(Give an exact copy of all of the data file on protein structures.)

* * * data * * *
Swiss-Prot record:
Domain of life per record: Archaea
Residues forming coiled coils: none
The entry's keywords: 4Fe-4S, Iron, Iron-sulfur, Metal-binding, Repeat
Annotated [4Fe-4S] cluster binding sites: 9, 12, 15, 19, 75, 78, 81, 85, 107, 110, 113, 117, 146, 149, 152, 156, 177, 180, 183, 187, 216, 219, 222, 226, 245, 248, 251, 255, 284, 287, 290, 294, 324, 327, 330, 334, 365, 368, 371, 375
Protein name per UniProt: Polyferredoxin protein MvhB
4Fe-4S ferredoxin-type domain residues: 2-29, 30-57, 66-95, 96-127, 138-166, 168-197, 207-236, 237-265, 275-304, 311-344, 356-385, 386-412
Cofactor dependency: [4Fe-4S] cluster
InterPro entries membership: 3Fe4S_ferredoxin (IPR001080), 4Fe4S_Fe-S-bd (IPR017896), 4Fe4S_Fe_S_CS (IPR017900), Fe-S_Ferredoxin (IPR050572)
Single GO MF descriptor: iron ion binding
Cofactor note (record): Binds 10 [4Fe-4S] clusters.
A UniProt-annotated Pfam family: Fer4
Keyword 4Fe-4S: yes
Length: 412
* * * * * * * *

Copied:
Swiss-Prot record:
Domain of life per record: Archaea
Residues forming coiled coils: none
The entry's keywords: 4Fe-4S, Iron, Iron-sulfur, Metal-binding, Repeat
Annotated [4Fe-4S] cluster binding sites: 9, 12, 15, 19, 75, 78, 81, 85, 107, 110, 113, 117, 146, 149, 152, 156, 177, 180, 183, 187, 216, 219, 222, 226, 245, 248, 251, 255, 284, 287, 290, 294, 324, 327, 330, 334, 365, 368, 371, 375
Protein name per UniProt: Polyferredoxin protein MvhB
4Fe-4S ferredoxin-type domain residues: 2-29, 30-57, 66-95, 96-127, 138-166, 168-197, 207-236, 237-265, 275-304, 311-344, 356-385, 386-412
Cofactor dependency: [4Fe-4S] cluster
InterPro entries membership: 3Fe4S_ferredoxin (IPR001080), 4Fe4S_Fe-S-bd (IPR017896), 4Fe4S_Fe_S_CS (IPR017900), Fe-S_Ferredoxin (IPR050572)
Single GO MF descriptor: iron ion binding
Cofactor note (record): Binds 10 [4Fe-4S] clusters.
A UniProt-annotated Pfam family: Fer4
Keyword 4Fe-4S: yes
Length: 412